Nantucket’s Funeral Home Closes as Wealthy Pick Cremation
Residents of Nantucket, the wind-swept Massachusetts island where billionaires Eric Schmidt and Abigail Johnson own vacation homes, can get just about anything -- except a proper death.
The sole funeral home shut down last month after 137 years, meaning corpses now must take a round-trip ferry ride to a Cape Cod embalmer before they can rest in peace in one of the island’s cemeteries.
“A lot of things 30 miles out to sea are a little different, and now that includes dying,” said Pat Newton, 76, one of Nantucket’s 10,000 year-round residents.
The Lewis Funeral Home, in the same family for five generations, fell victim to two forces affecting the industry: The children weren’t interested in taking over the business and revenue declined as residents increasingly chose lower-cost cremations, said Sylvia Lewis, the last owner’s wife.
“It wasn’t the business that we had before,” Lewis in a phone interview. Instead, the family took advantage of a different trend -- rising real estate prices -- and sold its gray-shingled building in Nantucket’s main village to a developer for $1.25 million, according to state land records.
The number of funeral homes in the Bay State and the rest of the U.S. has declined in the past decade. In Massachusetts, almost one in five has closed since 2003, according to the National Directory of Morticians Red Book. Nationally, about 10 percent shut in the same period.
Cremations, which typically don’t require a coffin or a public viewing, accounted for 42 percent of Massachusetts burials in 2012, up from 34 percent in 2008, according to the Cremation Association of North America. The median cost is $2,245, the group says. By contrast, a full-service funeral runs about $7,000, according to the National Funeral Directors Association in Brookfield, Wisconsin.
The Massachusetts figures track national trends. Forty-four percent of Americans who died in 2012 were cremated, according to the Wheeling, Illinois-based cremation association. In Nevada, Washington and Oregon, more than 70 percent picked cremation.
Anecdotally, wealthy families -- like those who move to Nantucket, where the median home price is almost $1 million -- spend less money on funeral services and are more likely to chose cremation, said Josh Slocum, executive director of the Funeral Consumers Alliance, a nonprofit in South Burlington, Vermont.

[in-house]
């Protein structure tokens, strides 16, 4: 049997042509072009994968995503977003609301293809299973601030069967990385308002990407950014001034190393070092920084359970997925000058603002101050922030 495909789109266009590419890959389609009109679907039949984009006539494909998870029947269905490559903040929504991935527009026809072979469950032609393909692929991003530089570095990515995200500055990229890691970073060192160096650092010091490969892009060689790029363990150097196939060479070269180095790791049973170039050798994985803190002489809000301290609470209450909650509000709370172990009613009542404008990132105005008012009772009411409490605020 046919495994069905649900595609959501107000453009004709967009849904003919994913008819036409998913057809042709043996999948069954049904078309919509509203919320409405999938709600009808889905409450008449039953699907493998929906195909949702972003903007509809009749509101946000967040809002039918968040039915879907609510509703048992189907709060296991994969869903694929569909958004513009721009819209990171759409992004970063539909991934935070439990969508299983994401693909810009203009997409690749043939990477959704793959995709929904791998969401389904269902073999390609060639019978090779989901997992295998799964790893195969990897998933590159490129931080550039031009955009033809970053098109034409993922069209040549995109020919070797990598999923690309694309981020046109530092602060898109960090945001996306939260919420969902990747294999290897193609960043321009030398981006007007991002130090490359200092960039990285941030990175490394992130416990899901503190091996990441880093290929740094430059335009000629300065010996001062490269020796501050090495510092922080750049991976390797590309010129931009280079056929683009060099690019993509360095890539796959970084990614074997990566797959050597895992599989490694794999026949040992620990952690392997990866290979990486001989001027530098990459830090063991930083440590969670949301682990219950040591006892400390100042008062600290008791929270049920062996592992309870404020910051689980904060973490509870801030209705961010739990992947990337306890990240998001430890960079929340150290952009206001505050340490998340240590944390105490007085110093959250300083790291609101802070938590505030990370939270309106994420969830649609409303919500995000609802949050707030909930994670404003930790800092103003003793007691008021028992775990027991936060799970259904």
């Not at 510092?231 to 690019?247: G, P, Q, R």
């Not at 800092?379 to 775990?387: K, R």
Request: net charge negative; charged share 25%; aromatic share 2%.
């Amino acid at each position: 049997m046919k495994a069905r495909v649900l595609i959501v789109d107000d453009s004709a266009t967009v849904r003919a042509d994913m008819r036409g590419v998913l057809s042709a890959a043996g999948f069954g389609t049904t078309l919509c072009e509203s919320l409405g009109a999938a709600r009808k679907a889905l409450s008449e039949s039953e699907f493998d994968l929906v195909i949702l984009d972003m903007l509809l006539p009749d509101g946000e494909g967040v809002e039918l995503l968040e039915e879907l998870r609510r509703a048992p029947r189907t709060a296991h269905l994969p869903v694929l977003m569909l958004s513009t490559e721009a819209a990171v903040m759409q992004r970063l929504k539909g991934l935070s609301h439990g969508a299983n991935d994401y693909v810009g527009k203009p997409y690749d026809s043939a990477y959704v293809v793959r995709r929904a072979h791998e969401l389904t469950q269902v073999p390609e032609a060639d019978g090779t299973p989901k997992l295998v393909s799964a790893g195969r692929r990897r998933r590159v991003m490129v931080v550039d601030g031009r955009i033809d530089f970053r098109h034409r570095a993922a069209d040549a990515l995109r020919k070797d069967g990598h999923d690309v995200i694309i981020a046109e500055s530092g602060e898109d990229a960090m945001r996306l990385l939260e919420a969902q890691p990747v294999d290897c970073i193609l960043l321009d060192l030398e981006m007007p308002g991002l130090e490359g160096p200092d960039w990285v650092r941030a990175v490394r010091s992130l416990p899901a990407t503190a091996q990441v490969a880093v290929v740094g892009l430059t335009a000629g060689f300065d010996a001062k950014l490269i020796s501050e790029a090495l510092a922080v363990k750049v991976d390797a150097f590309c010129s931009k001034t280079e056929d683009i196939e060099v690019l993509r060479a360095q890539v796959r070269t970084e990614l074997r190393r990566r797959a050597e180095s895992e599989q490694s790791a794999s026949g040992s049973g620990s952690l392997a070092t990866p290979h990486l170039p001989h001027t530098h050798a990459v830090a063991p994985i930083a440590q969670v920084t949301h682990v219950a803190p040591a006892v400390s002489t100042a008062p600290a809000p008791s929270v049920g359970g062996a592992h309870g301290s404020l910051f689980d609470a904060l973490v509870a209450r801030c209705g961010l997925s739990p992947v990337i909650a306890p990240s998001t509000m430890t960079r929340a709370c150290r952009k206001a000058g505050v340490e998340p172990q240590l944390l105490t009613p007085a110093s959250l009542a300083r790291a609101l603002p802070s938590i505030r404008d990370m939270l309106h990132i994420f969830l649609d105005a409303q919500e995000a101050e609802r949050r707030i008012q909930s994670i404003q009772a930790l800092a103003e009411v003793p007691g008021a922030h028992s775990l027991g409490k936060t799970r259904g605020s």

“We have a saying here: ‘The poor pay more,’” Slocum said.
Instead, rich families will put money into a memorial service, which can be lavish affairs celebrating the life of the deceased at private homes, he said.
In addition to Schmidt, chairman of Google Inc. (GOOG), and Johnson, president of Fidelity Investments, Nantucket is home for part of the year to former General Electric Co. (GE) Chairman Jack Welch and U.S. Secretary of State John Kerry.
Those opting for a full-service funeral on the island will pay about $1,000 extra to have the body ferried off the island and back, said Catherine Flanagan Stover, the Nantucket town clerk, who also has a funeral director’s license. The island typically has 60 to 70 deaths a year, she said.
“If the body is going to be embalmed or prepared, right now the only choice is to go off island,” said Bill Chapman, a co-owner of Chapman Cole & Gleason Funeral Homes and Cremation Services, a Cape Cod-based chain. “That’s just a harsh reality of the closing.”
The chain, in business since 1862, positioned a black Dodge van on Nantucket to transport corpses. It sits in an auxiliary parking lot adjacent to the island’s police station. When a resident dies, the funeral home flies a staff member to the island to remove the body, though the company is training a handful of Nantucket natives to perform the task, Chapman said.
The van then brings the body to the Steamship Authority ferry -- known on island as the slow boat -- where it’s loaded onto a modified luggage cart and stowed aboard for the approximately two-hour sail to Hyannis on the mainland.
The embalmed body can then return on the boat in a hearse for the service.
When boats are canceled, which occurs in storms or high winds, unembalmed bodies marooned on Nantucket can now be stored at the island’s sole hospital, which recently purchased a freezer.
The process has longtime Nantucketers expressing a certain loss of independence.
“It’s not about the people who live here anymore,” said Donna Douglas, while taking a late lunch at Pudley’s Pub on a recent afternoon. “Everything has to be done on the mainland.”
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